Water bird
Eight birds died within 24 hours at the zoo in Gwalior due to the H1N1 virus. Their samples have been sent to Jabalpur Veterinary University for research. [Representational image]Reuters

At least 15 painted storks died at the Gwalior Zoo forcing the authorities to shut doors for tourists for a few days fearing the spread of bird flu. The Deer Park in Delhi has also been shut and tourists have been asked to not touch any dead bird.

Eight birds died within 24 hours at the zoo in Gwalior due to the H5N1 virus. Their samples have been sent to Jabalpur Veterinary University for research.

Neighbouring states and locations that witness migratory birds have been put on alert after eight more birds died due to bird flu in Delhi taking the toll to 18.

Two birds each died at the Delhi Zoo and the Deer Park. Three died in Sundar Nagar, while one died in Tughlakabad in south Delhi, senior officials said.

"Concern is growing as death of migratory birds is being reported from different locations. Symptoms indicate that virus was behind the death of 15 migratory birds in Gwalior. Coordinated efforts will be taken to control the situation," a senior official from the environment ministry was quoted by India Today as saying. 

Decisions will be taken only after a few days of observation and receiving reports from the Jalandhar laboratory.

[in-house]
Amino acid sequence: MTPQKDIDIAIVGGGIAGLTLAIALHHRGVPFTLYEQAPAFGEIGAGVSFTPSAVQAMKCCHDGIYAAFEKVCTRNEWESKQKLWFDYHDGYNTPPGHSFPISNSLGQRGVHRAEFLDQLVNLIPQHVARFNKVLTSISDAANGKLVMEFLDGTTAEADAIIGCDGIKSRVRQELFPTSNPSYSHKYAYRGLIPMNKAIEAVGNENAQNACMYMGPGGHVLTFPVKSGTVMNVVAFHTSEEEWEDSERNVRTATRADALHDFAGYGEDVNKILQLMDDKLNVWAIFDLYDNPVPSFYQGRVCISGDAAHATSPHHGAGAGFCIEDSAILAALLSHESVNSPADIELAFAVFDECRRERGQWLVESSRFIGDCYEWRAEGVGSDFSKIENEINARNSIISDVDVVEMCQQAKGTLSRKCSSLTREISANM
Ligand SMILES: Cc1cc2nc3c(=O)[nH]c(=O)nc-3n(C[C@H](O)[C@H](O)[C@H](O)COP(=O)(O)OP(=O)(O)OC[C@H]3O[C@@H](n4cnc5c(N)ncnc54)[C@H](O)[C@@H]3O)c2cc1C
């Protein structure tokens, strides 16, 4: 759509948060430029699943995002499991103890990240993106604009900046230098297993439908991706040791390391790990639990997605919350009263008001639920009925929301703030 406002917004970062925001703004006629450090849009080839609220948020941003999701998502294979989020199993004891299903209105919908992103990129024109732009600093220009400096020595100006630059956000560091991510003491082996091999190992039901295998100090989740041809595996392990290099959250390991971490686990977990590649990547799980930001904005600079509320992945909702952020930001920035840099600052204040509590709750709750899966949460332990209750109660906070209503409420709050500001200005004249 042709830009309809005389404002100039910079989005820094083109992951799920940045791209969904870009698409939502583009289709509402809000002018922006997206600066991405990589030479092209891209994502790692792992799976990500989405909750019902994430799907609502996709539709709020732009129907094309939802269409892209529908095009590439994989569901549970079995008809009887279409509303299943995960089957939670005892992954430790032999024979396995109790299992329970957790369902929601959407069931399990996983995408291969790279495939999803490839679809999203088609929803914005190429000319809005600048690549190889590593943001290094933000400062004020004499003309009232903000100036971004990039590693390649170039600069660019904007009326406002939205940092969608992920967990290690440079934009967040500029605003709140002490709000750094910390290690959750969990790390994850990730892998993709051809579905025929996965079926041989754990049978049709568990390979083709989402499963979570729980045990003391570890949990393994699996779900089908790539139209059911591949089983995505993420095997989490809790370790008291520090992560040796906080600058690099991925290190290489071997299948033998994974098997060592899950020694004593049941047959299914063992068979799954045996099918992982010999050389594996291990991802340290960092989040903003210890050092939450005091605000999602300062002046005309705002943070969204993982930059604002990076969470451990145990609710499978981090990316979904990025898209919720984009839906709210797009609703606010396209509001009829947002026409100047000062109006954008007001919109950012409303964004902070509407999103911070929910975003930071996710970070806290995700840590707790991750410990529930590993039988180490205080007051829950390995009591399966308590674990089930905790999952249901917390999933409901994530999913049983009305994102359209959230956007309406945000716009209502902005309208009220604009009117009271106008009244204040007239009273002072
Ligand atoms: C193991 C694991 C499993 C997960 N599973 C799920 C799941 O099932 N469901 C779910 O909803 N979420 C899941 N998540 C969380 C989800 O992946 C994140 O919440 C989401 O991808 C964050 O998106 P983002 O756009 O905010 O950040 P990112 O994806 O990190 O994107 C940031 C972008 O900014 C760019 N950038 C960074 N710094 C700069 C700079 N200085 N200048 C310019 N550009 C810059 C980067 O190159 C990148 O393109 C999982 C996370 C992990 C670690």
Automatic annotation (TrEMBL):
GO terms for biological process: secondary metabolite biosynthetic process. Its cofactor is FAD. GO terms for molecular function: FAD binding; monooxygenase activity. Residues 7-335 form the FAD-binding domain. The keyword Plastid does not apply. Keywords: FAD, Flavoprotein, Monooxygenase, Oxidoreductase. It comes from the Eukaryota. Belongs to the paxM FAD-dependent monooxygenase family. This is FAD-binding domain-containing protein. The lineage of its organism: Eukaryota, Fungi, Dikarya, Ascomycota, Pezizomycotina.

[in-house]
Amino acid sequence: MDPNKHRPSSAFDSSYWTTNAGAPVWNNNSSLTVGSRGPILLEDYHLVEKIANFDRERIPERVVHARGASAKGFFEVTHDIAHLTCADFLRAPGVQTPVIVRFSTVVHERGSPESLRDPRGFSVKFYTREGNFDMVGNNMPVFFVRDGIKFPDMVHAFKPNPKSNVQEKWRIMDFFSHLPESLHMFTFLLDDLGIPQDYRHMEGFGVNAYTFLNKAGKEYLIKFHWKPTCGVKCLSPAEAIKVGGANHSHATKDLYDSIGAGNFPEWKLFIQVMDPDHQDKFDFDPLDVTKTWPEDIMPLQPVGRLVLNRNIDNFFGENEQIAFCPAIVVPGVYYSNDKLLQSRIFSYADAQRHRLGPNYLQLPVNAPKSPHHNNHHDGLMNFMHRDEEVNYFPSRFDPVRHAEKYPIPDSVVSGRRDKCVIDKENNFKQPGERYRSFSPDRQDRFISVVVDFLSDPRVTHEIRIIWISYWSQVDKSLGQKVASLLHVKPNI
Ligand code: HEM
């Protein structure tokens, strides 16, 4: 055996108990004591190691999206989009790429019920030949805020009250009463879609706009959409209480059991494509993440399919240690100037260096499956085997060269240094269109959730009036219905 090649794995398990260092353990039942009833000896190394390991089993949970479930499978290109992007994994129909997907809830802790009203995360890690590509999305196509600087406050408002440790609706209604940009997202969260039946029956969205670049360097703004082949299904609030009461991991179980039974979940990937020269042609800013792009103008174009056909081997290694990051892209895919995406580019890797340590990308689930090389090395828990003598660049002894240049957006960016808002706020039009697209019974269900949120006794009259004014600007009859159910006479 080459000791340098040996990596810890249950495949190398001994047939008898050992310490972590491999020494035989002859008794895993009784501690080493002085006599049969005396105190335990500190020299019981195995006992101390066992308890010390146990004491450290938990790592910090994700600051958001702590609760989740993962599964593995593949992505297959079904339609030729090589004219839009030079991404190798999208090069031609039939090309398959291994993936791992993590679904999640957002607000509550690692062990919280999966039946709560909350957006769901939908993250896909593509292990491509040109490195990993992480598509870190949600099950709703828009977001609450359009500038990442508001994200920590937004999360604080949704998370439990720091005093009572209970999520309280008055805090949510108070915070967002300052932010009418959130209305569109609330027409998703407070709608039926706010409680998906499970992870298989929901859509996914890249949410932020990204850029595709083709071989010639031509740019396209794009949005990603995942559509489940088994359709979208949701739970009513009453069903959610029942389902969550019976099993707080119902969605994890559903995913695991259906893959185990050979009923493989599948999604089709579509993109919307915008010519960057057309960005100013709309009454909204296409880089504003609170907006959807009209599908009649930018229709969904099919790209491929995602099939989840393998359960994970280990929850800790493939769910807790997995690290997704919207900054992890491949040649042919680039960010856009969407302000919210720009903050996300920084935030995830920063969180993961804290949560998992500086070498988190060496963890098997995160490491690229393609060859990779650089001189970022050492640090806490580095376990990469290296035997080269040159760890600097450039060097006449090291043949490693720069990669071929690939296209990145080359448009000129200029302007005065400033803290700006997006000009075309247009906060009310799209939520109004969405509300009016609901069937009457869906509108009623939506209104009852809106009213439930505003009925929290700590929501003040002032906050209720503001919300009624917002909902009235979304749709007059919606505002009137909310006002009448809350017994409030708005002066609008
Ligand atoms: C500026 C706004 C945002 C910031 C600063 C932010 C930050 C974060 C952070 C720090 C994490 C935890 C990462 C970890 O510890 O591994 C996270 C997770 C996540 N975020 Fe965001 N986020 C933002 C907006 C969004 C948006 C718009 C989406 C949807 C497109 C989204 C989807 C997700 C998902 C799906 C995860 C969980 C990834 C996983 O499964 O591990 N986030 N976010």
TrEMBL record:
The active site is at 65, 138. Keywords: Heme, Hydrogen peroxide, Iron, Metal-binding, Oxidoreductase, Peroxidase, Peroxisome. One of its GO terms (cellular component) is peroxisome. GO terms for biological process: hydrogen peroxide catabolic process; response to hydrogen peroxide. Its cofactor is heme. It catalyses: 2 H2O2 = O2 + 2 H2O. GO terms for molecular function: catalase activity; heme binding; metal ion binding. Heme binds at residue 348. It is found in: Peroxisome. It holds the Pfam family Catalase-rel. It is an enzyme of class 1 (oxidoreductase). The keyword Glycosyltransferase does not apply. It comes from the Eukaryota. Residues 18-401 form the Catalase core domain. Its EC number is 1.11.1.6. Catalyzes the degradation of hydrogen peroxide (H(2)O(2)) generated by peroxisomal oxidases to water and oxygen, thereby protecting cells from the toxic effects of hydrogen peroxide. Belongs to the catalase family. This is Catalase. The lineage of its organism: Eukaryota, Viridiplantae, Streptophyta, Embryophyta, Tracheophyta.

"We have asked to take precaution at Ghazipur chicken mandi and MCD will ensure proper disposal of the waste. We are trying to control the situation before it gets bad. For now, citizens need not worry and just be careful and alert... I appeal to the citizens not to touch any dead bird and inform the animal husbandry department on the helpline," Delhi's Animal Husbandry Minister Gopal Rai told the channel.

Rai, who will visit the Deer Park on Friday around 2 pm, added that around 50 samples from the zoo, poultry markets and other bird sanctuaries in the capital have been sent to laboratories for analysis. 

Rai further added that he would urge the neighbouring states to take appropriate steps and coordinated with the Delhi government to restrict the epidemic.

Development Commissioner Sandeep Kumar will be heading the 23-member committee set up by the Delhi government to investigate the death of the birds and distribute work among the several departments. 

Citizens who wish to report bird flu deaths or seek any other help can call on the Delhi government's helpline number 011-23890318.